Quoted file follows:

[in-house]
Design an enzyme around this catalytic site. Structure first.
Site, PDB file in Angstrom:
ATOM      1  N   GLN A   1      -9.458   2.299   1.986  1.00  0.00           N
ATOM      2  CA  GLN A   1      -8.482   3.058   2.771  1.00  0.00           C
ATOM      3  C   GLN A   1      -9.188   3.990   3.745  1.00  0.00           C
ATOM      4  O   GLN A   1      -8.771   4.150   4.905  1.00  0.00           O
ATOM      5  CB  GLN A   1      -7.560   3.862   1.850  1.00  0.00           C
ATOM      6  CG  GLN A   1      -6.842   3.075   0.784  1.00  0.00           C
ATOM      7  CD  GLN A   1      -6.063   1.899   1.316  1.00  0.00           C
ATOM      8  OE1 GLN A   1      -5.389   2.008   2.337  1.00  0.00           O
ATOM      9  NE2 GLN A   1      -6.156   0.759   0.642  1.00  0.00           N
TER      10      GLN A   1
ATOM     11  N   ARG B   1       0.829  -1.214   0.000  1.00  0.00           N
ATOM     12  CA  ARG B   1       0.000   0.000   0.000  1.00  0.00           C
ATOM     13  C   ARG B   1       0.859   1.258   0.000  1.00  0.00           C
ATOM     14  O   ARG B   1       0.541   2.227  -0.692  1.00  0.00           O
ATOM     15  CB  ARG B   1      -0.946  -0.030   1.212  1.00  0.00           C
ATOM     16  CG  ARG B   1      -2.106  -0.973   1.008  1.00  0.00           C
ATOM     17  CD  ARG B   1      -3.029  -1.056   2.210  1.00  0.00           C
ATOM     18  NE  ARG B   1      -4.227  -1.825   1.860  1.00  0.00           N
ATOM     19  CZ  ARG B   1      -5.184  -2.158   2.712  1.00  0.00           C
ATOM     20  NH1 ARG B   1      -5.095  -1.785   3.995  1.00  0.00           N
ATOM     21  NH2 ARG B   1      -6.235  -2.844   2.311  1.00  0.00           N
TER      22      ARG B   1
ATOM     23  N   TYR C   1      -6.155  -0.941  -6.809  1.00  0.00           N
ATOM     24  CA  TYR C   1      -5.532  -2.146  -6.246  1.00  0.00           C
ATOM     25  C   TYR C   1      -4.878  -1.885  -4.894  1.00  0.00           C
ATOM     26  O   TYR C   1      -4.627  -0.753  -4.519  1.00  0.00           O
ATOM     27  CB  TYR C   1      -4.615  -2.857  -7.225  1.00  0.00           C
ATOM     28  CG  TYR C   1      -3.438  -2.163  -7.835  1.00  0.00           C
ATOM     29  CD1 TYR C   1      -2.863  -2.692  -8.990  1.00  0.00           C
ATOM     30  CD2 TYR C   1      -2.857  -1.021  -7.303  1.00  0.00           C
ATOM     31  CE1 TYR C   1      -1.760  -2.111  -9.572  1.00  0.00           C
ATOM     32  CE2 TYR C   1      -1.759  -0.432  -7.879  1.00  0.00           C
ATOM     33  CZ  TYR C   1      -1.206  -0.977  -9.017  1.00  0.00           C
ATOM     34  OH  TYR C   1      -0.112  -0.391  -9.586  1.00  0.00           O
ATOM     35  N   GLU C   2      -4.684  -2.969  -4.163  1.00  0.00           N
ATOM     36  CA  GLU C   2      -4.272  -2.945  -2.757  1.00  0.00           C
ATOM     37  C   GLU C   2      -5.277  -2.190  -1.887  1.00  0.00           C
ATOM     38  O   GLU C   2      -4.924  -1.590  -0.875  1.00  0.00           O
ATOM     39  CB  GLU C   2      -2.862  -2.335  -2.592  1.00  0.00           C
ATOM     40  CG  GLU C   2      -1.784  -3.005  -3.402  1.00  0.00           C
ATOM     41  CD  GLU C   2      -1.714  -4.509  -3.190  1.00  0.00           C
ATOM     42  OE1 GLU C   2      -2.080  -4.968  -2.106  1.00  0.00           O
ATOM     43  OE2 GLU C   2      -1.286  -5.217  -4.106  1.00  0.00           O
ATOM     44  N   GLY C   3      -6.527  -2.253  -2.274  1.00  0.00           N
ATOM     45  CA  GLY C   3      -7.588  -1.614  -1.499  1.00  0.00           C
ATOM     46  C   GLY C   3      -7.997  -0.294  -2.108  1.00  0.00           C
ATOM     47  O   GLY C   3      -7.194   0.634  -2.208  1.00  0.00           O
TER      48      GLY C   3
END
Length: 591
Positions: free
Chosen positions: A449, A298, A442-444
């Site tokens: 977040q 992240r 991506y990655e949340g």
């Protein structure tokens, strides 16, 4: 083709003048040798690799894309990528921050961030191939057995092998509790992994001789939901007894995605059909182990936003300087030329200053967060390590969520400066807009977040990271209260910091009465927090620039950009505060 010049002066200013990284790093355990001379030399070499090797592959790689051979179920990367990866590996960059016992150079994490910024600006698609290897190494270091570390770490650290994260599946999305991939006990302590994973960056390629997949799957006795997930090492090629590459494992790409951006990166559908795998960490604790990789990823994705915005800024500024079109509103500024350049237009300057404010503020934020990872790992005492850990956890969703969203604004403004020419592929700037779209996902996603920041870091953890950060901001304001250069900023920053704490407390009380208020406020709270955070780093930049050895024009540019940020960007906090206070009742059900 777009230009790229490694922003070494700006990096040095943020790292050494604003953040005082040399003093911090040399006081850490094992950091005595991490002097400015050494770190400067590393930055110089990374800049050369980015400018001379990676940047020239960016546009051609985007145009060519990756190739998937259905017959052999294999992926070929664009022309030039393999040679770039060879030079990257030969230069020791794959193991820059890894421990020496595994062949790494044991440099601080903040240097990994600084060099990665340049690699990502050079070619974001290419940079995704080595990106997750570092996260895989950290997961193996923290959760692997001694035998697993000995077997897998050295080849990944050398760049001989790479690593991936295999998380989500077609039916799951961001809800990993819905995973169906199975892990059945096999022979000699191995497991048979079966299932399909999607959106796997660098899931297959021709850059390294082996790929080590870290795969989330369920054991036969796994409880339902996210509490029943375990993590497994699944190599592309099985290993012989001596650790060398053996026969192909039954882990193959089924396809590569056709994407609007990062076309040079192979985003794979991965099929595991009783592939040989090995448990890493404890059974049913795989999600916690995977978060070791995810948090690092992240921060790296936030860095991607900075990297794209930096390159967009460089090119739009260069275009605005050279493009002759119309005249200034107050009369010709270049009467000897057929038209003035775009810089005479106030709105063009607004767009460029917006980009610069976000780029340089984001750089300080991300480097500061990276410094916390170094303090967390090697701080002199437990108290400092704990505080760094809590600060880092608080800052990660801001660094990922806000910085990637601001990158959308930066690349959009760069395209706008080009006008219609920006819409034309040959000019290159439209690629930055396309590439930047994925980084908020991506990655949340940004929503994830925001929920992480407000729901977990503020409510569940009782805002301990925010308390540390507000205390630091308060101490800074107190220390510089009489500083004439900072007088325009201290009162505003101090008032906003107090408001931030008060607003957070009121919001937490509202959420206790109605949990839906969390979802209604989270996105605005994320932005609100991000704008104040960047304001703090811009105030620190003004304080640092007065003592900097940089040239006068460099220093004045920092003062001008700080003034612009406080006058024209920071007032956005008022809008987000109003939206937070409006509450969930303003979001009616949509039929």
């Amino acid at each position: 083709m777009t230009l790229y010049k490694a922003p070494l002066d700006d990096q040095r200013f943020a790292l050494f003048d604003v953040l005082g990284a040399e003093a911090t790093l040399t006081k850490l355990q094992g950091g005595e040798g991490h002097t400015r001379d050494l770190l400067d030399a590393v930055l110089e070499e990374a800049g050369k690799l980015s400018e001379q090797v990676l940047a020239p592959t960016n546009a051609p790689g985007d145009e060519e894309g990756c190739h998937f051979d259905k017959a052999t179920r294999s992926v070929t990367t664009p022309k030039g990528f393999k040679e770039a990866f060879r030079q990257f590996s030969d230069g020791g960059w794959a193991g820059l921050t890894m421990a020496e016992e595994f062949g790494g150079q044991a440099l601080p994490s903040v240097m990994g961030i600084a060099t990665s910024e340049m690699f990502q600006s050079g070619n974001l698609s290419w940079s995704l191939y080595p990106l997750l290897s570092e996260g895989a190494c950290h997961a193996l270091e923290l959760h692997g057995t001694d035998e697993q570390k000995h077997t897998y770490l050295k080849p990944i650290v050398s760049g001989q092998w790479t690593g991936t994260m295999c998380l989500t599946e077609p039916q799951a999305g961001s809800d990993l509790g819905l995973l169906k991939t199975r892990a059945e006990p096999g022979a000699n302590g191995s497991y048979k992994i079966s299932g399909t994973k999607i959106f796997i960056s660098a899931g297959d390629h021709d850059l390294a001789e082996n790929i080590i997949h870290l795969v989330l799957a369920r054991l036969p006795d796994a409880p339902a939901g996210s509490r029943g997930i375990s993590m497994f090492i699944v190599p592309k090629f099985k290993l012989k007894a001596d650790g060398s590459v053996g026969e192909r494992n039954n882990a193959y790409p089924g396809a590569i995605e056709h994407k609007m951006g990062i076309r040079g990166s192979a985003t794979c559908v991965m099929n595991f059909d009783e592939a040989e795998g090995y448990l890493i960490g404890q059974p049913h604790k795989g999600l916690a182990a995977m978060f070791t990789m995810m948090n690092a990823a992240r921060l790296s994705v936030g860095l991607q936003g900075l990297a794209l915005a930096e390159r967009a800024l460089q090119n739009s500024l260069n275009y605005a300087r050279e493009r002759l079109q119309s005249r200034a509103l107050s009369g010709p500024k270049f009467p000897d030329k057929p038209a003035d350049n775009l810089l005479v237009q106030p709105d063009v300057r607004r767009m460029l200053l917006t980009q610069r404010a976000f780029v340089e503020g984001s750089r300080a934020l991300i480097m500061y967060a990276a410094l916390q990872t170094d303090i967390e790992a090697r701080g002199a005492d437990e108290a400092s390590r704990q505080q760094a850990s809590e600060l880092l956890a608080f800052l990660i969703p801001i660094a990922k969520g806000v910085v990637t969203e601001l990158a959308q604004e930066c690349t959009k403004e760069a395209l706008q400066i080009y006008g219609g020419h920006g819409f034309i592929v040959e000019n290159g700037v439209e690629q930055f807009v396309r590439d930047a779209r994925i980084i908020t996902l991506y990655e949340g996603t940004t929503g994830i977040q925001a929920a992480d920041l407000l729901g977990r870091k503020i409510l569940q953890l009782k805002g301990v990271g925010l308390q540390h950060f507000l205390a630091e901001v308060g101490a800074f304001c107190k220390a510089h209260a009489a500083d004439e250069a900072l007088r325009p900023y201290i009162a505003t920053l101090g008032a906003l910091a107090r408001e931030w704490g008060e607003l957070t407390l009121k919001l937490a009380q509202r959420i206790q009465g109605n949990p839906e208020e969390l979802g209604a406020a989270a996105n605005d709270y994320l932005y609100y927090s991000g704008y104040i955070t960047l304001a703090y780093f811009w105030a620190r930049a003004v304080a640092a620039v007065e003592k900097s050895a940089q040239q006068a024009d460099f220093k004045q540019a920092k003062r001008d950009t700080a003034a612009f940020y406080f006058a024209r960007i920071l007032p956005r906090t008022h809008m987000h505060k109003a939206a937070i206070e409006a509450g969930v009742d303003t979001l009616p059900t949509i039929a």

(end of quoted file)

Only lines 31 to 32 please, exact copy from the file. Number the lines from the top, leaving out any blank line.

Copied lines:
ATOM     28  CG  TYR C   1      -3.438  -2.163  -7.835  1.00  0.00           C
ATOM     29  CD1 TYR C   1      -2.863  -2.692  -8.990  1.00  0.00           C